The Fair Work Ombudsman [FWO] conducted an Inquiry [the Inquiry] in response to industry concerns that security employees were being underpaid in the local government sector by forcing prices to unsustainably low levels.
Following a comprehensive information and awareness campaign, the Inquiry focused on 23 local government councils1 [Councils] and examined the labour procurement arrangements relating to the engagement of security services.
The Inquiry found:
- every state had at least one instance of non-compliance with Commonwealth workplace laws2
- 49 security businesses engaged across 57 different contracting arrangements3
- security services for Councils are predominantly provided by employees of principal contractors4 and subcontractors5, rather than by direct employees of the Councils
- the ‘further away’ a business was from the Council in the supply chain, the greater the non-compliance; subcontractors had 21% higher levels of non-compliance than the principal contractors who had a direct relationship with the Council:
- 63% of subcontractors (12 of 19) failed to comply with Commonwealth workplace laws, compared to 42% of principal contractors (16 of 38).
- 14 of the 23 (61%) Councils had non-compliance within their labour supply chain. Of those 14 labour supply chains:
- four Council labour supply chains had non-compliant subcontractors
- five Council labour supply chains had non-compliant principal contractors and subcontractors
- five Councils had non-compliant principal contractors.
The Inquiry found a range of breaches of Commonwealth workplace laws:
- total underpayments of $72 250 to 54 (12%) employees from 464 employee records assessed (all of which have since been rectified)
- just over $51 400 was underpaid by nine subcontractors, with the remainder underpaid by five principal contractors
- four Infringement Notices [IN] issued to one principal contractor and three subcontractors
- 15 Compliance Notices [CN] issued to seven principal contractors and eight subcontractors
- 26 Formal Cautions [FC] issued to 15 principal contractors and 11 subcontractors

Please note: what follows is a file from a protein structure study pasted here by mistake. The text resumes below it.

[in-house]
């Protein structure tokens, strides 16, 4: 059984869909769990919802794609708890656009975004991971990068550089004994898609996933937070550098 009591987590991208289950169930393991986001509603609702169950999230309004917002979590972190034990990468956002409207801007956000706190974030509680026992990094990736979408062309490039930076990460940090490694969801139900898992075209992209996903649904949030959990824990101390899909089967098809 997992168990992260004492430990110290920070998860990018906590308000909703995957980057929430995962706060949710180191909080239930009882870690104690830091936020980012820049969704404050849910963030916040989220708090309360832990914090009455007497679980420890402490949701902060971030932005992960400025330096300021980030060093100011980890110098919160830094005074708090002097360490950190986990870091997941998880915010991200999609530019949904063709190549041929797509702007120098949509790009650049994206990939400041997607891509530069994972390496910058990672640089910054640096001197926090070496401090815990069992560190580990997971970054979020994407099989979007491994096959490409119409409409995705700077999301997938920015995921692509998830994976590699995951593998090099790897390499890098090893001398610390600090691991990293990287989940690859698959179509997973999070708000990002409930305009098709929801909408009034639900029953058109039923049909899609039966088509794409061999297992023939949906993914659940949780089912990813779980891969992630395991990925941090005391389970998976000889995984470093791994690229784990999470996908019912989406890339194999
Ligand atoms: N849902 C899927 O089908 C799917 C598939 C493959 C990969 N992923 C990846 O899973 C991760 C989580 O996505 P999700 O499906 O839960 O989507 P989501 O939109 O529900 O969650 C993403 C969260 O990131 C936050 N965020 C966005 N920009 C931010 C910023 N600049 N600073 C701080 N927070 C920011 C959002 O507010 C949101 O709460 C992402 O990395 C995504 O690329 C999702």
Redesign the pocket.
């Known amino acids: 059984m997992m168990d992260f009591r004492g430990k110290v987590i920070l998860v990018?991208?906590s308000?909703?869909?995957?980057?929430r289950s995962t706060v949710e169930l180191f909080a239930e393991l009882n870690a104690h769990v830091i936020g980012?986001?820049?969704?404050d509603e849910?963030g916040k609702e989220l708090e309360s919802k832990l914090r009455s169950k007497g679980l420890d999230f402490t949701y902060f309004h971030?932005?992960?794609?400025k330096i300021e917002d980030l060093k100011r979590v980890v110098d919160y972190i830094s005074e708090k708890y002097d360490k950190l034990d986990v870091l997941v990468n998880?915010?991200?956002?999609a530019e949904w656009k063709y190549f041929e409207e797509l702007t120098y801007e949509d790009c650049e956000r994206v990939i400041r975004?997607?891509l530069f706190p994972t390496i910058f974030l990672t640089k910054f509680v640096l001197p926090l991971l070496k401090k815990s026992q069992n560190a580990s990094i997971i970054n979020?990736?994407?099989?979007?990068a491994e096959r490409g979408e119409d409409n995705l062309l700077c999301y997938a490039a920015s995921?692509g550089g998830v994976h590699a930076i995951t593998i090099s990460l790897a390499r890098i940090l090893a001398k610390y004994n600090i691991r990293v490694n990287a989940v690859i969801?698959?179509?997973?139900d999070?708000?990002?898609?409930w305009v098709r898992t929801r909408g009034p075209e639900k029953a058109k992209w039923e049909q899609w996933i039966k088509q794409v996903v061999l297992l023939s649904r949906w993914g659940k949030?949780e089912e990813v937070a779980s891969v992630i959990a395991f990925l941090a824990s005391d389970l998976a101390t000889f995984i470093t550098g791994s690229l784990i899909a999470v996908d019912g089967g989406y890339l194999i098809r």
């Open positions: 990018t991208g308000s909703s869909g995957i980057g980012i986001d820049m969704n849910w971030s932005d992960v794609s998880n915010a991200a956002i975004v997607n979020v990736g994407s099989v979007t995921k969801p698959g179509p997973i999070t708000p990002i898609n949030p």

- one Enforceable Undertaking [EU] entered into with Melnor Security Services Pty Ltd, the principal contractor engaged by Tamworth City Council for its Tamworth Country Music Festival6
- legal proceedings commenced against VIP Security Services Pty Ltd (in liquidation) and director Adam Marcinkowski alleging contraventions affecting five employees undertaking security work on behalf of the Gold Coast City Council, including adverse action and underpayments of almost $16 000 to three of those employees7
The most common reasons for non-compliance related to employees being paid below minimum award hourly rates as well as underpayment and / or non-payment of penalty rates (weekends, public holidays), overtime and issues around regular part-time hours of work.
- The Australian Capital Territory does not have local government councils so it fell outside the scope of this Inquiry
- The Northern Territory had no instances of non-compliance as they engaged predominantly direct employees rather than contractors supplying labour.
- Some businesses had multiple contracts with one Council or contracts with more than one Council.
- For the purpose of this Inquiry, principal contractors are those who contract directly to local government councils to provide security workers.
- For the purpose of this Inquiry, subcontractors are those who are engaged by principal contractors to provide security workers to Councils, rather than dealing directly with the Councils.
- Copy of EU available on 2016-17 Enforceable Undertakings page.
- Media release: No VIP treatment for guards allegedly dismissed, underpaid by Gold Coast company